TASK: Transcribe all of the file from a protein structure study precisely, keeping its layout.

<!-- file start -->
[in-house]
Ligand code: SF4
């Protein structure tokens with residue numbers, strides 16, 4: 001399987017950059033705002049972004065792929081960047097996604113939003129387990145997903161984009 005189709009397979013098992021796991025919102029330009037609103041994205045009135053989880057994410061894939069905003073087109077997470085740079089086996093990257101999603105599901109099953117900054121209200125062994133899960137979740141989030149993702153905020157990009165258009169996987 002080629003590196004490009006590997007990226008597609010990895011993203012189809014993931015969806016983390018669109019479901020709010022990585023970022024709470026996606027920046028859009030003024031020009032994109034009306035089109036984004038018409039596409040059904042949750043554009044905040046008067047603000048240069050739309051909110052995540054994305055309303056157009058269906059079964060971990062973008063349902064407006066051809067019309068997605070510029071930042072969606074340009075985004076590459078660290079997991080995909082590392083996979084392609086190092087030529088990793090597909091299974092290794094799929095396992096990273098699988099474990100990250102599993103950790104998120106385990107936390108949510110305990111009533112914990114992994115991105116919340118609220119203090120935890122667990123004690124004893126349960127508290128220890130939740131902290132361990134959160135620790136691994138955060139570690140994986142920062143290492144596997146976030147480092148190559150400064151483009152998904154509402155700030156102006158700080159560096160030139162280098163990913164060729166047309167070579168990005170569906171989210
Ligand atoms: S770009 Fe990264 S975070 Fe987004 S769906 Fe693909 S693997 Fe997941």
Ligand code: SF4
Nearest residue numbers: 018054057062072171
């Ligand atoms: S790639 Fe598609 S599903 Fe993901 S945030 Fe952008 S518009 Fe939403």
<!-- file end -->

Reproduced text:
[in-house]
Ligand code: SF4
């Protein structure tokens with residue numbers, strides 16, 4: 001399987017950059033705002049972004065792929081960047097996604113939003129387990145997903161984009 005189709009397979013098992021796991025919102029330009037609103041994205045009135053989880057994410061894939069905003073087109077997470085740079089086996093990257101999603105599901109099953117900054121209200125062994133899960137979740141989030149993702153905020157990009165258009169996987 002080629003590196004490009006590997007990226008597609010990895011993203012189809014993931015969806016983390018669109019479901020709010022990585023970022024709470026996606027920046028859009030003024031020009032994109034009306035089109036984004038018409039596409040059904042949750043554009044905040046008067047603000048240069050739309051909110052995540054994305055309303056157009058269906059079964060971990062973008063349902064407006066051809067019309068997605070510029071930042072969606074340009075985004076590459078660290079997991080995909082590392083996979084392609086190092087030529088990793090597909091299974092290794094799929095396992096990273098699988099474990100990250102599993103950790104998120106385990107936390108949510110305990111009533112914990114992994115991105116919340118609220119203090120935890122667990123004690124004893126349960127508290128220890130939740131902290132361990134959160135620790136691994138955060139570690140994986142920062143290492144596997146976030147480092148190559150400064151483009152998904154509402155700030156102006158700080159560096160030139162280098163990913164060729166047309167070579168990005170569906171989210
Ligand atoms: S770009 Fe990264 S975070 Fe987004 S769906 Fe693909 S693997 Fe997941």
Ligand code: SF4
Nearest residue numbers: 018054057062072171
């Ligand atoms: S790639 Fe598609 S599903 Fe993901 S945030 Fe952008 S518009 Fe939403």